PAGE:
Two years ago the community choir I sing with in Toronto put on a concert devoted entirely to music by African-American and African-Canadian choral composers. We performed a lot of great music in that concert, much of it drawing on the tradition of African-American spirituals. For me, the most powerful piece was “Crucifixion” by Adolphus Hailstork. The refrain is powerful: “They crucified my Lord / And he never said a mumbling word…They pierced him in the side / They nailed him to a tree / And he never said a mumbling word.”
However, as soon as we began rehearsing the piece, murmurs of discomfort could be heard throughout the choir. A newcomer to Univox, I soon learned that a good percentage of our choristers are Jewish, and some of them felt uncomfortable with these words. At some point in their lives, most of them had encountered the inane accusation that “the Jews killed Jesus,” a charge that has been used to justify anti-Semitism for centuries. I learned that for some Jews, Christian Holy Week and Easter are a source of regular discomfort and dread. A serious conversation ensued about the damages wrought by our human propensity to speak in the rhetoric of “us” and “them.” After some deliberation, our director opted to alter the words of the song; the phrase “they crucified my Lord,” was rewritten as “was crucified my Lord.”
I applaud our director for making this decision. However, on this Good Friday two years later, I am thinking that from a Christian perspective, there might be an even better revision to this phrase. “We crucified our Lord” would be much more apt. There is a reason why, when we hear the reading of the Passion on Palm Sunday, the congregation takes on the role of the crowd. Ultimately, we are the crowd. We are the high priests and the Pharisees; we are Pontius Pilate; we are the confused, erratic public who, just a few days after welcoming Jesus into Jerusalem, passively take in the spectacle of his crucifixion.
If I view history from a Christian perspective, I believe that we were crucifying Jesus for millennia before that fateful Friday afternoon, ever since we first learned to fashion weapons and turn against one another in malice and violence. Unfortunately, we have continued to crucify him for two millennia since he willingly offered his life for us. In the Crusades and the Inquisition, the Middle Passage and the Holocaust and the Dirty War – we continue to crucify our Lord, again and again. Every day, Christ’s Passion is played out in our ongoing exploitation of those weaker than us – whether other human beings, the animals whom we feel justified in harming for our own convenience, and also the non-sentient living things exploited as mere resources for our ongoing project of “development” which effectively entails destruction of the natural world. But as we look at all of this cruelty and destruction, I fear there is no “they” we can point our fingers at – whether government, big business, terrorists or anyone else. Sadly, we are all implicated in the evils plaguing our world.However, we know that there is another side to the Good Friday story. Listening to the Passion, we hear of those who stood passively as Jesus was crucified; we cannot forget the disciples, who ran away in fear. But, there was also Simon who helped him carry his cross; there were the women of Jerusalem who wept for him; there was Joseph of Arimathea, who donated his own tomb of Jesus’ burial. We are presented with the apostle John, who stood by Jesus to the end, and of course the Blessed Mother Mary, who bravely endured one of the worst experiences any parent ever has to face – the death of a child. Then, there were all of those people who remembered the promise that Jesus had made – to rebuild the temple in three days. Though filled with fear, those closest to Jesus surely did not forget those words. They looked to the future with faith, knowing that while evil is real, goodness ultimately triumphs.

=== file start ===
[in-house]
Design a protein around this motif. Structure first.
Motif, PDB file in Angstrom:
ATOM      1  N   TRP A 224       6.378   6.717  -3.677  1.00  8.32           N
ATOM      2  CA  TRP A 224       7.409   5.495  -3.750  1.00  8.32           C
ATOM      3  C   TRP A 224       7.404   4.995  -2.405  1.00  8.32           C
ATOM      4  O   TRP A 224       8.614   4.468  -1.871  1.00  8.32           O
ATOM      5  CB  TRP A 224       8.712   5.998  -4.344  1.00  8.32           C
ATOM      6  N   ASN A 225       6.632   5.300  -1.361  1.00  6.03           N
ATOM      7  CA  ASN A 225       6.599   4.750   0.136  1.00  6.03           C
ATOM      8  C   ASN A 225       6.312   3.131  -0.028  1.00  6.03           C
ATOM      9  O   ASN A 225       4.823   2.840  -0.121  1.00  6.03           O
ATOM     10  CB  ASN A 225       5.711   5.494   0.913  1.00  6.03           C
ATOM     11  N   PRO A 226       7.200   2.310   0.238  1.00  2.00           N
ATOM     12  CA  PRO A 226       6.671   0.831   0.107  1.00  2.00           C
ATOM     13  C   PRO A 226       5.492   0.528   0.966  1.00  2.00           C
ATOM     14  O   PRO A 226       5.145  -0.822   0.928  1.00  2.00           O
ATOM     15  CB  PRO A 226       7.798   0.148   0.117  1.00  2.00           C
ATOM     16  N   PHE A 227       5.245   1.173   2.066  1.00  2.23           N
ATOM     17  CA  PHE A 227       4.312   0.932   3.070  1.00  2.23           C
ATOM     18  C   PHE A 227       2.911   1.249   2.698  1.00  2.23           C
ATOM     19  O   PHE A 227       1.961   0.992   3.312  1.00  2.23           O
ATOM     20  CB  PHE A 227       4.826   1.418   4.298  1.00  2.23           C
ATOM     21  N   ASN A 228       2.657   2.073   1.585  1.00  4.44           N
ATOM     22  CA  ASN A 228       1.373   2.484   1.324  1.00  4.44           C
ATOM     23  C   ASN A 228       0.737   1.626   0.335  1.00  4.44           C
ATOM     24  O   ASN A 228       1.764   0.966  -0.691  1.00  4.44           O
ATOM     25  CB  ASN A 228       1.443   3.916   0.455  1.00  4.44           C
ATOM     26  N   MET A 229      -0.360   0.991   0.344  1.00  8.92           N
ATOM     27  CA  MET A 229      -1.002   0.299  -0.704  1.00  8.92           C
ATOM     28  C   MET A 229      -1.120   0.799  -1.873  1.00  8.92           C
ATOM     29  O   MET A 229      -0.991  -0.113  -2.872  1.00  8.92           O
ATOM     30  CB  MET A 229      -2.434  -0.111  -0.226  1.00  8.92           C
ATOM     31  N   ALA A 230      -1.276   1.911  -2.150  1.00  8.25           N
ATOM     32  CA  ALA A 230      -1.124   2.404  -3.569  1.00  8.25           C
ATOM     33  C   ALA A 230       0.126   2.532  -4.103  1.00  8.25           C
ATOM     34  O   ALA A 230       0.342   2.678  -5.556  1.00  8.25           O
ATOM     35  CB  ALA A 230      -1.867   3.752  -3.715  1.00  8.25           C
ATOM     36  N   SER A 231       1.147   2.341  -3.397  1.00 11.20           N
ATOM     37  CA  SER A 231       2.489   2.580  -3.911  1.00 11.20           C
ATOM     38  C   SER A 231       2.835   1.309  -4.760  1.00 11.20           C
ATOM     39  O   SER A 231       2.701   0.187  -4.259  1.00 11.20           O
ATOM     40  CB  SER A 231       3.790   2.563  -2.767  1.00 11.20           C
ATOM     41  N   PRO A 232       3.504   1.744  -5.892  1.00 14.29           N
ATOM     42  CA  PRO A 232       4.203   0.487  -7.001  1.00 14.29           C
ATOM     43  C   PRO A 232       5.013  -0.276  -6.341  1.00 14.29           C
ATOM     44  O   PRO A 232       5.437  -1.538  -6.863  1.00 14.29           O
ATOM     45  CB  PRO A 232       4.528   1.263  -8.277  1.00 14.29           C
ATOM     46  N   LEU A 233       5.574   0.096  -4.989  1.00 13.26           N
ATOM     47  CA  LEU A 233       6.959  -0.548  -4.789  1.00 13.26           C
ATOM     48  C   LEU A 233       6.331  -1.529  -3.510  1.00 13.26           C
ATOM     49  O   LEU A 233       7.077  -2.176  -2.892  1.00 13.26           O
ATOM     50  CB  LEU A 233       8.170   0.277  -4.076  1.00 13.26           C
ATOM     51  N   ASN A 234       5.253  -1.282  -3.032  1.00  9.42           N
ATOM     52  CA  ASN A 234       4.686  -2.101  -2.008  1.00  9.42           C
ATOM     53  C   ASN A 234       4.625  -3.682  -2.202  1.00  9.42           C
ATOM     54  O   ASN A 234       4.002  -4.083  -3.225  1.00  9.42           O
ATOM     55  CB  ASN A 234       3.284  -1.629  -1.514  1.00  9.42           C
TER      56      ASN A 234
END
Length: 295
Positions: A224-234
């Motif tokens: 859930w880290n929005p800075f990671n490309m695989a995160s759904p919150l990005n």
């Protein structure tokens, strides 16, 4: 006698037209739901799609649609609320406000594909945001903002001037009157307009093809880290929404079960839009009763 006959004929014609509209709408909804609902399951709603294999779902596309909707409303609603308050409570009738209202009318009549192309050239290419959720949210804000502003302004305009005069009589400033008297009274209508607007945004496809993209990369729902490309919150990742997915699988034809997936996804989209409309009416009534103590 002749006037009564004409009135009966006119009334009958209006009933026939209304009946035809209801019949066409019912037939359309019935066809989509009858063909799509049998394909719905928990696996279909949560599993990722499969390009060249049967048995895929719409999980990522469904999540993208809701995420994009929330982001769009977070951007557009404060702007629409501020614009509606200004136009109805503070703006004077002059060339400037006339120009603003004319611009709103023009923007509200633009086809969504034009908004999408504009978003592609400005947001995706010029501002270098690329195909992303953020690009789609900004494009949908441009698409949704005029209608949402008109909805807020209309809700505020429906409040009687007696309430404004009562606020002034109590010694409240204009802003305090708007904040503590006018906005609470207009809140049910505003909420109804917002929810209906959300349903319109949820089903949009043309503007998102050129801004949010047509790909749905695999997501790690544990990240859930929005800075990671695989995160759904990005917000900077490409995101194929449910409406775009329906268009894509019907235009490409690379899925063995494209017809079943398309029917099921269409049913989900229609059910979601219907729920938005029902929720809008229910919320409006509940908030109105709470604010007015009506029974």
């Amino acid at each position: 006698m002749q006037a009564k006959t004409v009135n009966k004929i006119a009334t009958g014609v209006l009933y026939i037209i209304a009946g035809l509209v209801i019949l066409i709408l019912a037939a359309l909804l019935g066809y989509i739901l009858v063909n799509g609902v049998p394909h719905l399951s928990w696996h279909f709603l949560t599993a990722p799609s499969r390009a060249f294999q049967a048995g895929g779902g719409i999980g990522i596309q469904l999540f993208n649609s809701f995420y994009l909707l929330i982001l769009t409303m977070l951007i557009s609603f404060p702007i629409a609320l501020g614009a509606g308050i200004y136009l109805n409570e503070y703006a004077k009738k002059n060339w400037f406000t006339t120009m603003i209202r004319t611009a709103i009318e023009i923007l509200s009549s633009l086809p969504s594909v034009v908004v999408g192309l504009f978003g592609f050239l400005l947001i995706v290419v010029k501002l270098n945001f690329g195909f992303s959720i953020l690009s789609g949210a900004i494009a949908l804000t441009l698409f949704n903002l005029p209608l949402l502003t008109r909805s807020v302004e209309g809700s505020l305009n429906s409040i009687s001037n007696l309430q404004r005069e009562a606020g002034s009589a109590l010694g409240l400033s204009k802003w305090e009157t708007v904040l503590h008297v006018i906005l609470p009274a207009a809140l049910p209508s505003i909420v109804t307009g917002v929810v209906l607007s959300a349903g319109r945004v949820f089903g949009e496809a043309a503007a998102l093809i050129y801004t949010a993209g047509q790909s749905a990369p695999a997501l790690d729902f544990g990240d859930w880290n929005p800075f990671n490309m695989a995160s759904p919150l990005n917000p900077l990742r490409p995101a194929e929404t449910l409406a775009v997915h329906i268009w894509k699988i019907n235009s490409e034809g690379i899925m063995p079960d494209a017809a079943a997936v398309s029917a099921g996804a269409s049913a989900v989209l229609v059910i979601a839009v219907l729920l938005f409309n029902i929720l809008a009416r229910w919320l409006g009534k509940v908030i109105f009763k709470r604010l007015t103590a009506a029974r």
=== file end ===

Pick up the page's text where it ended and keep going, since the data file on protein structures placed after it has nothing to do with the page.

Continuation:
As we commemmorate Christ’s Passion year after year, it is easy to lose sight of the fact that this is an ongoing, continuously unfolding story. I’ve often struggled to imagine the agony that Jesus experienced while praying in the garden of Gethsemane. He knew what he was being called to do – to assume the weight of human sinfulness, to sacrifice his life for our salvation. Could he have imagined the ongoing depth of that sinfulness? Could he possibly have envisioned the machine gun and the atomic bomb, the abortion clinic and the factory farm? Did he know what terrible things we would do to the world, sometimes in his very name?
In spite of everything, we Christians profess the Resurrection, the ultimate triumph of mercy and love over cruelty and callousness. We know that we are sinners; we know that, time and again, we will crucify our Lord. But, as people of faith and hope, we know that we are more than spectators of violence; we are more than a fickle crowd. We refuse to believe that there is no escape from this cycle of destruction, for we hold a view of salvation history that envisions Christ’s triumphal return, that fateful moment when peace, justice and love will truly prevail. As we look forward to Easter, may we do all we can to be Simon and Mary rather than the high priests or Pontius Pilate; may we never turn from the endless mercy of Jesus who, every good Friday, reminds us in the most dramatic way of his great love.